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Frank Jamerson

   The expression in the name of Christ is found several times in the New Testament. It generally means by His authority. Paul said “And whatever you do in word or deed, do all in the name of the Lord Jesus, giving thanks to God the Father through Him” (Col. 3:17).  Peter told the lame man, “In the name of Jesus Christ of Nazareth, rise up and walk” (Acts 3:6). When he was asked “by what power or by what name have you done this?” (Acts 4:7), he said “by the name of Jesus of Nazareth...by Him this man stands here before you whole” (Acts 4:10).


   The Greek scholar, Joseph Thayer, said the expression “in the name” means “by the command and authority of Christ, rooted (so to speak) in his name, i.e. mindful of Christ: Col. 3:17; Eph. 5:20; to ask a thing, as prompted by the mind of Christ and in reliance on the bond which unites us to him, Jn. 14:13” (p. 448). W.E. Vine says, “for all that a name implies, of authority, character, rank, majesty, power, excellence, etc., of everything that the name covers...in recognition of the authority.” Our words and actions are to be by the authority of Christ. This does not require that we begin every speech or action with the formula, “in the name of Christ,” but it does demand that we speak and act by His authority. Simply saying the words does not make it true. Jesus asked, “But why do you call Me Lord, Lord, and do not the things which I say?” (Lk. 6:46).


   Prayer is in the name of Christ. He said, “And whatever you ask in my name, that I will do, that the Father may be glorified in the Son” (Jn. 14:13). Paul said, “For there is one God and one Mediator between God and men, the Man Christ Jesus” (1 Tim. 2:5). This demands that we understand that Christ is the only Mediator, but it is not a formula that must be stated at the end of every prayer. It is good to say, at some point, what we are doing, but the important thing is that we accept Him as the only Mediator. One who prays for the baptism of the Holy Spirit “in the name of Christ,” has not prayed by the authority of Christ, because He did not authorize that request.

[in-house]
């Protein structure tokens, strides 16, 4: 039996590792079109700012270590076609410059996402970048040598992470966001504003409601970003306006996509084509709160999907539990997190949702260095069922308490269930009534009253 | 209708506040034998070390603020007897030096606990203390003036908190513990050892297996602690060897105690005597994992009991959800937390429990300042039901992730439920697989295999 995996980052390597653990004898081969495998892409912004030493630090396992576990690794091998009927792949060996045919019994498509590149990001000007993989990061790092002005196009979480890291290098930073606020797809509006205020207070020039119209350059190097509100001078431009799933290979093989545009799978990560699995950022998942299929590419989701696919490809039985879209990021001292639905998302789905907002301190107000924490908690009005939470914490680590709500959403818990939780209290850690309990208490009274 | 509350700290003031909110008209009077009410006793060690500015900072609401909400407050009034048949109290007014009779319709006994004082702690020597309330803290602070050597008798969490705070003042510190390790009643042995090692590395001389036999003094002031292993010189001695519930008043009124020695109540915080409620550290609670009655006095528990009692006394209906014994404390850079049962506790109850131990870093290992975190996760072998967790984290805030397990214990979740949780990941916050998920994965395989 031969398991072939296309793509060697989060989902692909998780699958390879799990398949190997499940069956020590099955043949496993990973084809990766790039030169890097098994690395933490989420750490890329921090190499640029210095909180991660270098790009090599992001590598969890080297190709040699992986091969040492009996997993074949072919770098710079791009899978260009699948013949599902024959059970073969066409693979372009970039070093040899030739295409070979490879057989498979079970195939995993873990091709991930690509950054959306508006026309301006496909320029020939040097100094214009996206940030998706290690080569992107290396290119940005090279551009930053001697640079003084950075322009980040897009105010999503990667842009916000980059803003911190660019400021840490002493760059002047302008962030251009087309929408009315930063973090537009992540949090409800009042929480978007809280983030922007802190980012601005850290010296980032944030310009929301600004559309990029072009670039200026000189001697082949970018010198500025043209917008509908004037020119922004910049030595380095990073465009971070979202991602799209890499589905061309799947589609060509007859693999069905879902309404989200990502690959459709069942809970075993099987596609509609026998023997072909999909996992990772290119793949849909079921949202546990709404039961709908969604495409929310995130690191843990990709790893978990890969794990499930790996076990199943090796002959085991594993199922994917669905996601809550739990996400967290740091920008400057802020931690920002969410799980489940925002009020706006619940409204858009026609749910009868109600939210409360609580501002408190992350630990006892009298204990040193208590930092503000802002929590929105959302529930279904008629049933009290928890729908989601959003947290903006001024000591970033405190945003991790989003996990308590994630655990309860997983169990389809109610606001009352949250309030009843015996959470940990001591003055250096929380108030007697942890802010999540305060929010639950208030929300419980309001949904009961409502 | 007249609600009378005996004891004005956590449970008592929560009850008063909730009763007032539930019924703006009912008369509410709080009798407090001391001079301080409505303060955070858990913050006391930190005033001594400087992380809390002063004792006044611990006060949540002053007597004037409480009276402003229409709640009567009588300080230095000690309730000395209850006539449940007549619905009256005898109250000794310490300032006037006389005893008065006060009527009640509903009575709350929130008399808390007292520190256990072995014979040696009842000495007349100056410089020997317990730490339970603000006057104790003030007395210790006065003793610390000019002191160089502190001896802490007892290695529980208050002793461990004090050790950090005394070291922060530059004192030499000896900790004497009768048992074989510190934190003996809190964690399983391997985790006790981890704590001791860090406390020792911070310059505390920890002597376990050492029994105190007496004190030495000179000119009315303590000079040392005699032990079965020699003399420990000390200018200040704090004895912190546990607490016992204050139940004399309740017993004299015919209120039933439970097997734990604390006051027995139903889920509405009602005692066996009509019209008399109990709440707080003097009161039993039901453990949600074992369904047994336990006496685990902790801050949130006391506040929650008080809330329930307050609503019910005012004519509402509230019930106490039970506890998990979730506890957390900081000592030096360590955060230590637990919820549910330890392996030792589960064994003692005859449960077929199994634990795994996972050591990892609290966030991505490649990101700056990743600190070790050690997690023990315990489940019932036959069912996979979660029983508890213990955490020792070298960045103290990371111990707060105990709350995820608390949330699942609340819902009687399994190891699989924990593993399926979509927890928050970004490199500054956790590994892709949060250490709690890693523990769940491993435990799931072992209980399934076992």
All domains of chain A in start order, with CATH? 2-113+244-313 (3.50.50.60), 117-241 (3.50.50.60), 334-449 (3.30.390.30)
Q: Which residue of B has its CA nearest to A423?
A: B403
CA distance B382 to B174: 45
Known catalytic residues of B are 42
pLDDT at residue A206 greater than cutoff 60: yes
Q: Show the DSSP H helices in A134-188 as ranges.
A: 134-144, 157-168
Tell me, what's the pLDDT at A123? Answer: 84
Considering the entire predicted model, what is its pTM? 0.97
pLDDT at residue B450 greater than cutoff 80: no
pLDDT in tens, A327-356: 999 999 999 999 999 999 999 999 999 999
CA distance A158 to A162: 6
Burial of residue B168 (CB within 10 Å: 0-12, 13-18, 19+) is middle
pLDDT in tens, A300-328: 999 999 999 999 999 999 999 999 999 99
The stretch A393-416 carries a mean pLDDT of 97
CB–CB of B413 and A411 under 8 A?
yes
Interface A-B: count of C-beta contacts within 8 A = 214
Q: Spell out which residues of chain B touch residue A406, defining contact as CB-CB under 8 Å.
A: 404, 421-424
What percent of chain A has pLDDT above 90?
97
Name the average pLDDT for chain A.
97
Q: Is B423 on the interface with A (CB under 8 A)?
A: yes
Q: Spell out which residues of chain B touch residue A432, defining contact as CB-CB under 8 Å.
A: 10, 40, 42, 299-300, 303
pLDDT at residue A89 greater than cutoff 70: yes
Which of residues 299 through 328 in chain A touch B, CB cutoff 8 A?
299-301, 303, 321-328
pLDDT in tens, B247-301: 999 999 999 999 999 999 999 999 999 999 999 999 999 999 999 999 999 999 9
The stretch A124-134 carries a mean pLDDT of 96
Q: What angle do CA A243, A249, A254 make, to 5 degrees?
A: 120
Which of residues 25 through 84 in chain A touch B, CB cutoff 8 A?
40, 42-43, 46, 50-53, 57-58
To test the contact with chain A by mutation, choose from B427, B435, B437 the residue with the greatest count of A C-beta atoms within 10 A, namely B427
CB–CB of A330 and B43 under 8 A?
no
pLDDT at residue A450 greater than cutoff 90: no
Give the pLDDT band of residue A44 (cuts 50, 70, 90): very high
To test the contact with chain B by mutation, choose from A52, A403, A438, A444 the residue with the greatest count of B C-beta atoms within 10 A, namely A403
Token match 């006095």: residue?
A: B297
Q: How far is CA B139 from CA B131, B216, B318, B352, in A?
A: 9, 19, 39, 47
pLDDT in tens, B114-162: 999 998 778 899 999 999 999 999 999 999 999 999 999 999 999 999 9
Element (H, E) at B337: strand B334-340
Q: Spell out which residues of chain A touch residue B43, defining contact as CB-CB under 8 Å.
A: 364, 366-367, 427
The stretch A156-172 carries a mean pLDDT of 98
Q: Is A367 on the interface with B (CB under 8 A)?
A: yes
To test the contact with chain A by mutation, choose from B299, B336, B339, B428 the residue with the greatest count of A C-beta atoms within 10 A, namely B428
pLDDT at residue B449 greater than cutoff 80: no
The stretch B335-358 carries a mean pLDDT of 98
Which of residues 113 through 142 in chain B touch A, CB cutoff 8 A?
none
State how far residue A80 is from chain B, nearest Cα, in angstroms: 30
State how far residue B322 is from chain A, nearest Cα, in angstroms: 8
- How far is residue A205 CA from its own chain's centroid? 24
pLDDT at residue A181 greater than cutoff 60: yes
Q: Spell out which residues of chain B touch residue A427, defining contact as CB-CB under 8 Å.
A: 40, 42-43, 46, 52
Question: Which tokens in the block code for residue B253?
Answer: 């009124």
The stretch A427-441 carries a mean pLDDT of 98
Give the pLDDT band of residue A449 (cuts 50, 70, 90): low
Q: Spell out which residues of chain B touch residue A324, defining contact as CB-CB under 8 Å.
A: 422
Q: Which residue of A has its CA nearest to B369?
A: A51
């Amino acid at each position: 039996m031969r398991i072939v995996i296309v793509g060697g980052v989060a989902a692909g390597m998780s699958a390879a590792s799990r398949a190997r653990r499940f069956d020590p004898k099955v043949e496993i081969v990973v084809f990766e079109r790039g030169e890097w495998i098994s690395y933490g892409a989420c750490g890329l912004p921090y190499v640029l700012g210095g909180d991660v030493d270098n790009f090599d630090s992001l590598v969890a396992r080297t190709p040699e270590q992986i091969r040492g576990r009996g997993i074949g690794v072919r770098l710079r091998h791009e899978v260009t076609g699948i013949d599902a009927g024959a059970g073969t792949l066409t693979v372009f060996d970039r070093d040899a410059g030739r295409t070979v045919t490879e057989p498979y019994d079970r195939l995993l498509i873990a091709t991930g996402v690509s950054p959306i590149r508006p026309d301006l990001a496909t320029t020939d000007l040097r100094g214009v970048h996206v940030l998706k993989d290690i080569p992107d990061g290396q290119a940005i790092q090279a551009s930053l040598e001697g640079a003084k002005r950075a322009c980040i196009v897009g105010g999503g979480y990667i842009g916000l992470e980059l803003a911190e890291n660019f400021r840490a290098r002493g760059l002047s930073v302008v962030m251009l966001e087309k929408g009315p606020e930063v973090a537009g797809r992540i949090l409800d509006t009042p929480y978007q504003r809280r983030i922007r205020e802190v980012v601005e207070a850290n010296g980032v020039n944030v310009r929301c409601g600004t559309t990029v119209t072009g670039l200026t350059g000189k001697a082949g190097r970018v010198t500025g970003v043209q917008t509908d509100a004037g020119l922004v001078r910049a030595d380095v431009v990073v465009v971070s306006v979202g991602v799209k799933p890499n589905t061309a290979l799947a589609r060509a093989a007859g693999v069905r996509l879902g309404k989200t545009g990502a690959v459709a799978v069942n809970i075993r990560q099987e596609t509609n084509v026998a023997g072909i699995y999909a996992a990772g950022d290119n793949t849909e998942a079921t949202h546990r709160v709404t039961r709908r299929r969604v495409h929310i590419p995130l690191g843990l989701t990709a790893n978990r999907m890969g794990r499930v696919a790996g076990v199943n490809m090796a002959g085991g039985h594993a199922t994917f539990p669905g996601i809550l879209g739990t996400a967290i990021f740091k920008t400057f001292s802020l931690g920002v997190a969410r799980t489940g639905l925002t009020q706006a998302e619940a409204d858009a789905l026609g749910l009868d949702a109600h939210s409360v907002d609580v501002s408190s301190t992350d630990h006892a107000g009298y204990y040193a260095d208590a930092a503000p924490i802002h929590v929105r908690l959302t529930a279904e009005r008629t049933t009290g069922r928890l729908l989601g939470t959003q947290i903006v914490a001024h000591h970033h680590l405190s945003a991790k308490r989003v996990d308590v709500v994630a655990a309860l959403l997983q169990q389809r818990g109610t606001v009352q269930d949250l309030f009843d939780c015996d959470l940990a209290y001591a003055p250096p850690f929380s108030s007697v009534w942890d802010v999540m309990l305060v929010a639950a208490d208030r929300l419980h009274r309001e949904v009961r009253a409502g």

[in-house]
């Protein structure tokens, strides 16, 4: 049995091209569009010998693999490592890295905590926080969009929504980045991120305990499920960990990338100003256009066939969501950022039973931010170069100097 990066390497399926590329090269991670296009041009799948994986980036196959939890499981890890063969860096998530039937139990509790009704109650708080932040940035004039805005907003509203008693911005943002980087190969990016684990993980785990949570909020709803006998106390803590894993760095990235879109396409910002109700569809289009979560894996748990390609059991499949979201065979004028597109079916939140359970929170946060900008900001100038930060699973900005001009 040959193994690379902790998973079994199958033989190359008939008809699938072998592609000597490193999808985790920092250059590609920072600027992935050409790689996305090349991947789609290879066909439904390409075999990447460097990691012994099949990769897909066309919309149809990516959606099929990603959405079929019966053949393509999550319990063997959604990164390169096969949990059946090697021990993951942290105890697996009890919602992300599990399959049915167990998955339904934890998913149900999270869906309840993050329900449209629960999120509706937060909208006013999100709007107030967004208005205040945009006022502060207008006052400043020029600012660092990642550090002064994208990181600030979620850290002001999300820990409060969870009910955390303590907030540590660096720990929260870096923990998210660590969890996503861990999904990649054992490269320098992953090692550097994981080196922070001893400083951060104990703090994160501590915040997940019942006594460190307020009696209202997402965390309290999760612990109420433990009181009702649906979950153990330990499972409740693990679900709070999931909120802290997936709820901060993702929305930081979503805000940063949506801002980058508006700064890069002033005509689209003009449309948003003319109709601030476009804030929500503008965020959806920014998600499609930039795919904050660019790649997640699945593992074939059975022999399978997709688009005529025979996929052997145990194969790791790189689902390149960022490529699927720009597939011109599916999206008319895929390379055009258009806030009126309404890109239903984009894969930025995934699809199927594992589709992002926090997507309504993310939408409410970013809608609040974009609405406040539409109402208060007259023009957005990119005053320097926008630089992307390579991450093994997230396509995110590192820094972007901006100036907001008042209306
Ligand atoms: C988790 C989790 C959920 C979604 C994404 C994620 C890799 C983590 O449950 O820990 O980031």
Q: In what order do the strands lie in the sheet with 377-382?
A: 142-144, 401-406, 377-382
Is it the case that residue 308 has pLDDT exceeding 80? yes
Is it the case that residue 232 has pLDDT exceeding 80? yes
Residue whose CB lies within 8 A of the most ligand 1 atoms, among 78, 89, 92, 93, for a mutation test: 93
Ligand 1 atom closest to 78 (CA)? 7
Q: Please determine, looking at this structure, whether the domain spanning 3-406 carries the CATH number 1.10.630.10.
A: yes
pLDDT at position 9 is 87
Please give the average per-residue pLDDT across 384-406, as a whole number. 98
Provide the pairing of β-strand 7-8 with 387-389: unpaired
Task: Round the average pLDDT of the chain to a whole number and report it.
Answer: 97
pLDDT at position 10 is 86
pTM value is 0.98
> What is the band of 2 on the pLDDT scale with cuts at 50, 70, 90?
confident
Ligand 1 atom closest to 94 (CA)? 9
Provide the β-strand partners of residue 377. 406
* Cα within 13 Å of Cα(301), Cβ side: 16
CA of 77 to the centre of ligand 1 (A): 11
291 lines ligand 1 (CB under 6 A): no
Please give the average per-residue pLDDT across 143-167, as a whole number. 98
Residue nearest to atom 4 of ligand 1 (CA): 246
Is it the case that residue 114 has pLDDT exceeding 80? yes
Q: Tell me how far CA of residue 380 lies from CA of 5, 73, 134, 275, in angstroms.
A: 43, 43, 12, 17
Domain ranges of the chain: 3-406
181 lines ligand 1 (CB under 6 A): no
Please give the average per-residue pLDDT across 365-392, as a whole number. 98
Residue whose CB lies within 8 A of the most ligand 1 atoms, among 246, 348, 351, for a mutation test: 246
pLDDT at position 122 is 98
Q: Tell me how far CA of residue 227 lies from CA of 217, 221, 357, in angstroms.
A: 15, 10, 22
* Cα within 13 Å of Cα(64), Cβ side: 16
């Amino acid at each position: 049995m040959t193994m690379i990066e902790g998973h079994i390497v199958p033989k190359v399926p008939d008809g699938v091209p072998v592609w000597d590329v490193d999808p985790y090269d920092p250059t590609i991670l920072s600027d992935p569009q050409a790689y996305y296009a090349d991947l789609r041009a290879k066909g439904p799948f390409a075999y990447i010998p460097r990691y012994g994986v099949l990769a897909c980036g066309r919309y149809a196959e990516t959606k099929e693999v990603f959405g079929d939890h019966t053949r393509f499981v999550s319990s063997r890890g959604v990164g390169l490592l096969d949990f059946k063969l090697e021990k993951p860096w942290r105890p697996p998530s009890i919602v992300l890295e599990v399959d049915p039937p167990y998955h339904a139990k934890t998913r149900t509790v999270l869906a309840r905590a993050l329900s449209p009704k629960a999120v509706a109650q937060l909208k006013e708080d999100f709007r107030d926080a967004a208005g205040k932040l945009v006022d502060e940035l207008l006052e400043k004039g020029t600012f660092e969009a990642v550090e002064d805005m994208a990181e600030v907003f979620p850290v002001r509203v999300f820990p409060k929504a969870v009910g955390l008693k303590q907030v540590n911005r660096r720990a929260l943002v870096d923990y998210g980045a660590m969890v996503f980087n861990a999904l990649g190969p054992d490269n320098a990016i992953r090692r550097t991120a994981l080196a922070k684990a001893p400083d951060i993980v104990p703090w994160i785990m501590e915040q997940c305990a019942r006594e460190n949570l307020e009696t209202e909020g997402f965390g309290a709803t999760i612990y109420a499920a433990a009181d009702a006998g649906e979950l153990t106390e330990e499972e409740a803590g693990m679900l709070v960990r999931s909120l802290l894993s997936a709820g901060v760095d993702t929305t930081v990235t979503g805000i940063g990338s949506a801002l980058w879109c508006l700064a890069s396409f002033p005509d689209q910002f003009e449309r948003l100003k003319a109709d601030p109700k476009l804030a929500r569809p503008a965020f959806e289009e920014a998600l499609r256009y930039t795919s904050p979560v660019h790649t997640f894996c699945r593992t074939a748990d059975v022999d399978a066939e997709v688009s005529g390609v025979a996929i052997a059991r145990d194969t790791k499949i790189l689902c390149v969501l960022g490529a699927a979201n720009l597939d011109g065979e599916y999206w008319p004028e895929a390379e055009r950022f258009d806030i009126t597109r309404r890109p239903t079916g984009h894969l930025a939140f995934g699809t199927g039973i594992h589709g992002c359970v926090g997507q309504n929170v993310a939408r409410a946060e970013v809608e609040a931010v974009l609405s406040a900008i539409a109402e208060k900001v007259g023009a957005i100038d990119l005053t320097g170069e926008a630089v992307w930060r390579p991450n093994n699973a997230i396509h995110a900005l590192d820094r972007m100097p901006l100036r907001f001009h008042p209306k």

Baptism “in the name of Christ” (Acts 2:38), as well as repentance “in His name” (Lk. 24:47), are acts that Christ authorized and must be done in obedience to Him. Christ told the apostles to baptize people “in the name of the Father and of the Son and of the Holy Spirit” (Mt. 28:19). We should understand that baptism is into (eis), a relationship with the Godhead.        


   Those who deny the Godhead, either by denying the Deity of Christ or by denying the Deity of the Father (by teaching the “Jesus only” doctrine), cannot obey the command of Christ to be baptized into a relationship with the Father, Son and Holy Spirit. Those who deny that the baptism Jesus authorized in the “great commission” (Mt. 28:18-20; Mk. 16:15,16; Lk. 24:46,47) was practiced on Pentecost, and afterward, need to tell us when it was practiced and when it ended! If that was not what the apostles did on Pentecost, there is no record of it ever being practiced!


    Again, this is not some formula that must be recited before baptism, but a truth that needs to be understood by the person being baptized. If a person does not understand the Godhead, saying the words will not make his baptism right. If he understands what he is dong, the person doing the baptizing would not have to say anything. The Lord told us what to do, not what to say, though there is nothing wrong with saying what we are doing.


                       Copyright Midway Church of Christ 2014    This page last modified July 03, 2014